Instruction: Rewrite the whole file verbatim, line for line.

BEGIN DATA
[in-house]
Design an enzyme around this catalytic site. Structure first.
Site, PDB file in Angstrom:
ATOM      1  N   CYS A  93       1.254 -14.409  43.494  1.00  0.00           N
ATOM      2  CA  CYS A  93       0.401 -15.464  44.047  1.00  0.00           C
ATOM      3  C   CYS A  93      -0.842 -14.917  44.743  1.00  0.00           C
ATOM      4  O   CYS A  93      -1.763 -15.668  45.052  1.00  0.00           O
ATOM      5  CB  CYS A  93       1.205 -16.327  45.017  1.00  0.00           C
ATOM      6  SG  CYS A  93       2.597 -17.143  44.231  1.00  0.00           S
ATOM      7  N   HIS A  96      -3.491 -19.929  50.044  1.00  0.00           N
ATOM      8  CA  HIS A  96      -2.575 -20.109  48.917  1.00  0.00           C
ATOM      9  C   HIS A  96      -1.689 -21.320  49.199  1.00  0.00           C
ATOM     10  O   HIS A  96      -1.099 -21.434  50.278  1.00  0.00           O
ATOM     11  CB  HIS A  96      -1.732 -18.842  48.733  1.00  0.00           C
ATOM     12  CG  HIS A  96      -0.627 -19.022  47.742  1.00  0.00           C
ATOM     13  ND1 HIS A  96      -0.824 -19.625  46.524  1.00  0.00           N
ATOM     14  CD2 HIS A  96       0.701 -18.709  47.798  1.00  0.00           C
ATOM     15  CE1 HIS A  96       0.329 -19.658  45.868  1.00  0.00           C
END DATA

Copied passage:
[in-house]
Design an enzyme around this catalytic site. Structure first.
Site, PDB file in Angstrom:
ATOM      1  N   CYS A  93       1.254 -14.409  43.494  1.00  0.00           N
ATOM      2  CA  CYS A  93       0.401 -15.464  44.047  1.00  0.00           C
ATOM      3  C   CYS A  93      -0.842 -14.917  44.743  1.00  0.00           C
ATOM      4  O   CYS A  93      -1.763 -15.668  45.052  1.00  0.00           O
ATOM      5  CB  CYS A  93       1.205 -16.327  45.017  1.00  0.00           C
ATOM      6  SG  CYS A  93       2.597 -17.143  44.231  1.00  0.00           S
ATOM      7  N   HIS A  96      -3.491 -19.929  50.044  1.00  0.00           N
ATOM      8  CA  HIS A  96      -2.575 -20.109  48.917  1.00  0.00           C
ATOM      9  C   HIS A  96      -1.689 -21.320  49.199  1.00  0.00           C
ATOM     10  O   HIS A  96      -1.099 -21.434  50.278  1.00  0.00           O
ATOM     11  CB  HIS A  96      -1.732 -18.842  48.733  1.00  0.00           C
ATOM     12  CG  HIS A  96      -0.627 -19.022  47.742  1.00  0.00           C
ATOM     13  ND1 HIS A  96      -0.824 -19.625  46.524  1.00  0.00           N
ATOM     14  CD2 HIS A  96       0.701 -18.709  47.798  1.00  0.00           C
ATOM     15  CE1 HIS A  96       0.329 -19.658  45.868  1.00  0.00           C